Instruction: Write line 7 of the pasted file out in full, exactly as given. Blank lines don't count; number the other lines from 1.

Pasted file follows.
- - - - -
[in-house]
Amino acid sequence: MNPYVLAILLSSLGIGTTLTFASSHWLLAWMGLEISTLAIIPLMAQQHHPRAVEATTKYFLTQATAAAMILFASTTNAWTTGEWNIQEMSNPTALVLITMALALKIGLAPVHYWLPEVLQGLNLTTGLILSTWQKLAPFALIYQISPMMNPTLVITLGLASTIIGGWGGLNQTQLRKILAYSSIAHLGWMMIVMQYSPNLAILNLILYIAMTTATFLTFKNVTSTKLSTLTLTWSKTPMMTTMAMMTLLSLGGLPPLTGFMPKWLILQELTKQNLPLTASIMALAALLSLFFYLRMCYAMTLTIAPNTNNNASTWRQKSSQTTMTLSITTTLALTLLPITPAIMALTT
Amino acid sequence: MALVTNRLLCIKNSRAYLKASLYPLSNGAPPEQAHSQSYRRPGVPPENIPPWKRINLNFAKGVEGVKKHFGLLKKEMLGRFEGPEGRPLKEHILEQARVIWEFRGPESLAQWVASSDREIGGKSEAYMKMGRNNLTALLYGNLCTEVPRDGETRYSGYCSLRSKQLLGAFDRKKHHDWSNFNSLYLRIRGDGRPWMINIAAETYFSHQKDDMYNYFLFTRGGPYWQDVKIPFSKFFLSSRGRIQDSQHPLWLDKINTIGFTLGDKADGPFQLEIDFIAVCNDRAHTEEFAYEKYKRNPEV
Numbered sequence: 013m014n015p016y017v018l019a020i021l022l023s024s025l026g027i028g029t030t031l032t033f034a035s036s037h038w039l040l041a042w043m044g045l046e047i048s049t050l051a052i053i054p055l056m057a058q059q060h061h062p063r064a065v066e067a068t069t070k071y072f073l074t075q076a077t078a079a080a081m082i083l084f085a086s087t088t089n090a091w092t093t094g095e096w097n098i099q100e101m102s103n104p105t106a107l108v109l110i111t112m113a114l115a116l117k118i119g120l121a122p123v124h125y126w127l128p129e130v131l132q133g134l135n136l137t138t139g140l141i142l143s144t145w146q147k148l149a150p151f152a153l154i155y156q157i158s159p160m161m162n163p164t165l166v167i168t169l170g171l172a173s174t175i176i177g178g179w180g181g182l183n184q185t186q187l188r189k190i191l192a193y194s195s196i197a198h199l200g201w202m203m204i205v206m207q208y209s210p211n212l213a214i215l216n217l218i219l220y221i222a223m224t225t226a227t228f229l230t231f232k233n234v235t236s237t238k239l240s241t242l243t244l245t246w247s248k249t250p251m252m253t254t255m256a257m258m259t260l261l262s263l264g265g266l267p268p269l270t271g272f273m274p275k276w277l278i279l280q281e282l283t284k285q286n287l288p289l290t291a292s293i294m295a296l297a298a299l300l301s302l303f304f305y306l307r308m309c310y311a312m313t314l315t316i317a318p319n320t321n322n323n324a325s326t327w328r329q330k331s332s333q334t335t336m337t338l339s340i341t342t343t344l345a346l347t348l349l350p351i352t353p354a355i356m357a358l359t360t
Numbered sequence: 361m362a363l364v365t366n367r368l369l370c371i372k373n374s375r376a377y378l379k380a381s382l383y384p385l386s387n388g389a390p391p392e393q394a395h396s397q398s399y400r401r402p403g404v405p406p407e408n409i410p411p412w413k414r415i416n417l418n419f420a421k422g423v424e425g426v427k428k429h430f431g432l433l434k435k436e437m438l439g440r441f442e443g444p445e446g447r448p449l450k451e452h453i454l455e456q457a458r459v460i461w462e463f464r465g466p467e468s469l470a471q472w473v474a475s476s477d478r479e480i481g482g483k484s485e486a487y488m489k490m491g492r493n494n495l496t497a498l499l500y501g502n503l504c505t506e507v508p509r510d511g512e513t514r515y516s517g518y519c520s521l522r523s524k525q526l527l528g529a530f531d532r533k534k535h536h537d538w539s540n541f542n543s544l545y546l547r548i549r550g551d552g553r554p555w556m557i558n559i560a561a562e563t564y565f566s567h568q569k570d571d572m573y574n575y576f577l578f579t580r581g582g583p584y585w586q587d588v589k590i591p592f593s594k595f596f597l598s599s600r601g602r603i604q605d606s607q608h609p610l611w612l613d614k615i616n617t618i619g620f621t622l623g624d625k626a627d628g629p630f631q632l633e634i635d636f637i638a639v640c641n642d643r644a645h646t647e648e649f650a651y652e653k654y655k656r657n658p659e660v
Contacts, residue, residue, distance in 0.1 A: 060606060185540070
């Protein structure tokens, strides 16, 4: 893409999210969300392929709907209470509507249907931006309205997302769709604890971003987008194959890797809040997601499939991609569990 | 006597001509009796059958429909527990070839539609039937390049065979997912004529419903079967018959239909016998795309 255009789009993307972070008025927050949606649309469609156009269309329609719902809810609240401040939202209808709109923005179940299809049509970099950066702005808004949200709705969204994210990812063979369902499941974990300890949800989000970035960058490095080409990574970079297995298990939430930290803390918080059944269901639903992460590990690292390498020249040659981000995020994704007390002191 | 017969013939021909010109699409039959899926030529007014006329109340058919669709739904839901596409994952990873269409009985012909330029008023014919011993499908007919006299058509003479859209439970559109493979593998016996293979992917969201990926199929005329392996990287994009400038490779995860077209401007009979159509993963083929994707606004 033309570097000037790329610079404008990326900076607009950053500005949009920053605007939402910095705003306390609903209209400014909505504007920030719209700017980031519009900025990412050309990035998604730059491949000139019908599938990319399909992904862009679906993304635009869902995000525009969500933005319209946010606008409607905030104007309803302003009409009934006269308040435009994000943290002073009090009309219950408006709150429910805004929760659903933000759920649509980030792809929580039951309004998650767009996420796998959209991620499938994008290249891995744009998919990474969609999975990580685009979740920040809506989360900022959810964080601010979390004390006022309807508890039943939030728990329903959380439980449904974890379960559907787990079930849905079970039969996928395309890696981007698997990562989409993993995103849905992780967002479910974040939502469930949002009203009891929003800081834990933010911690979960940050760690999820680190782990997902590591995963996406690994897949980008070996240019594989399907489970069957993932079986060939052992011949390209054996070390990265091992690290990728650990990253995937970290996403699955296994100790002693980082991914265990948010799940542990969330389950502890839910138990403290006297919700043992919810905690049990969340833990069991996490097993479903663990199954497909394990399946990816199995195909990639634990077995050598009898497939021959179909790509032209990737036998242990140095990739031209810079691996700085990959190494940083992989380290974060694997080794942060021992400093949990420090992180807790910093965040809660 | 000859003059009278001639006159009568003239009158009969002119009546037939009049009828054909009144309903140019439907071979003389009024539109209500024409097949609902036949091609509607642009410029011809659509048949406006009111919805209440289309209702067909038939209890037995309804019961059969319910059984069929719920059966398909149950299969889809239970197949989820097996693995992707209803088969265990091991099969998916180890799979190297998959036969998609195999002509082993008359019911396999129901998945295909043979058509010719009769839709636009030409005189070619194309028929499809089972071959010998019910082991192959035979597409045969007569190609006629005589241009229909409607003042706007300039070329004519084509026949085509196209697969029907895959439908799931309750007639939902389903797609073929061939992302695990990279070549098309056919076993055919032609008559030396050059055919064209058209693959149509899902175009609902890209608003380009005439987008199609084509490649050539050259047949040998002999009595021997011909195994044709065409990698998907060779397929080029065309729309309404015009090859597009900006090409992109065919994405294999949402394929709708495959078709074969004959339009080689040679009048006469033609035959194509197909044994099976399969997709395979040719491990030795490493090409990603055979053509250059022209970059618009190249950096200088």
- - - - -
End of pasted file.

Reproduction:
């Protein structure tokens, strides 16, 4: 893409999210969300392929709907209470509507249907931006309205997302769709604890971003987008194959890797809040997601499939991609569990 | 006597001509009796059958429909527990070839539609039937390049065979997912004529419903079967018959239909016998795309 255009789009993307972070008025927050949606649309469609156009269309329609719902809810609240401040939202209808709109923005179940299809049509970099950066702005808004949200709705969204994210990812063979369902499941974990300890949800989000970035960058490095080409990574970079297995298990939430930290803390918080059944269901639903992460590990690292390498020249040659981000995020994704007390002191 | 017969013939021909010109699409039959899926030529007014006329109340058919669709739904839901596409994952990873269409009985012909330029008023014919011993499908007919006299058509003479859209439970559109493979593998016996293979992917969201990926199929005329392996990287994009400038490779995860077209401007009979159509993963083929994707606004 033309570097000037790329610079404008990326900076607009950053500005949009920053605007939402910095705003306390609903209209400014909505504007920030719209700017980031519009900025990412050309990035998604730059491949000139019908599938990319399909992904862009679906993304635009869902995000525009969500933005319209946010606008409607905030104007309803302003009409009934006269308040435009994000943290002073009090009309219950408006709150429910805004929760659903933000759920649509980030792809929580039951309004998650767009996420796998959209991620499938994008290249891995744009998919990474969609999975990580685009979740920040809506989360900022959810964080601010979390004390006022309807508890039943939030728990329903959380439980449904974890379960559907787990079930849905079970039969996928395309890696981007698997990562989409993993995103849905992780967002479910974040939502469930949002009203009891929003800081834990933010911690979960940050760690999820680190782990997902590591995963996406690994897949980008070996240019594989399907489970069957993932079986060939052992011949390209054996070390990265091992690290990728650990990253995937970290996403699955296994100790002693980082991914265990948010799940542990969330389950502890839910138990403290006297919700043992919810905690049990969340833990069991996490097993479903663990199954497909394990399946990816199995195909990639634990077995050598009898497939021959179909790509032209990737036998242990140095990739031209810079691996700085990959190494940083992989380290974060694997080794942060021992400093949990420090992180807790910093965040809660 | 000859003059009278001639006159009568003239009158009969002119009546037939009049009828054909009144309903140019439907071979003389009024539109209500024409097949609902036949091609509607642009410029011809659509048949406006009111919805209440289309209702067909038939209890037995309804019961059969319910059984069929719920059966398909149950299969889809239970197949989820097996693995992707209803088969265990091991099969998916180890799979190297998959036969998609195999002509082993008359019911396999129901998945295909043979058509010719009769839709636009030409005189070619194309028929499809089972071959010998019910082991192959035979597409045969007569190609006629005589241009229909409607003042706007300039070329004519084509026949085509196209697969029907895959439908799931309750007639939902389903797609073929061939992302695990990279070549098309056919076993055919032609008559030396050059055919064209058209693959149509899902175009609902890209608003380009005439987008199609084509490649050539050259047949040998002999009595021997011909195994044709065409990698998907060779397929080029065309729309309404015009090859597009900006090409992109065919994405294999949402394929709708495959078709074969004959339009080689040679009048006469033609035959194509197909044994099976399969997709395979040719491990030795490493090409990603055979053509250059022209970059618009190249950096200088």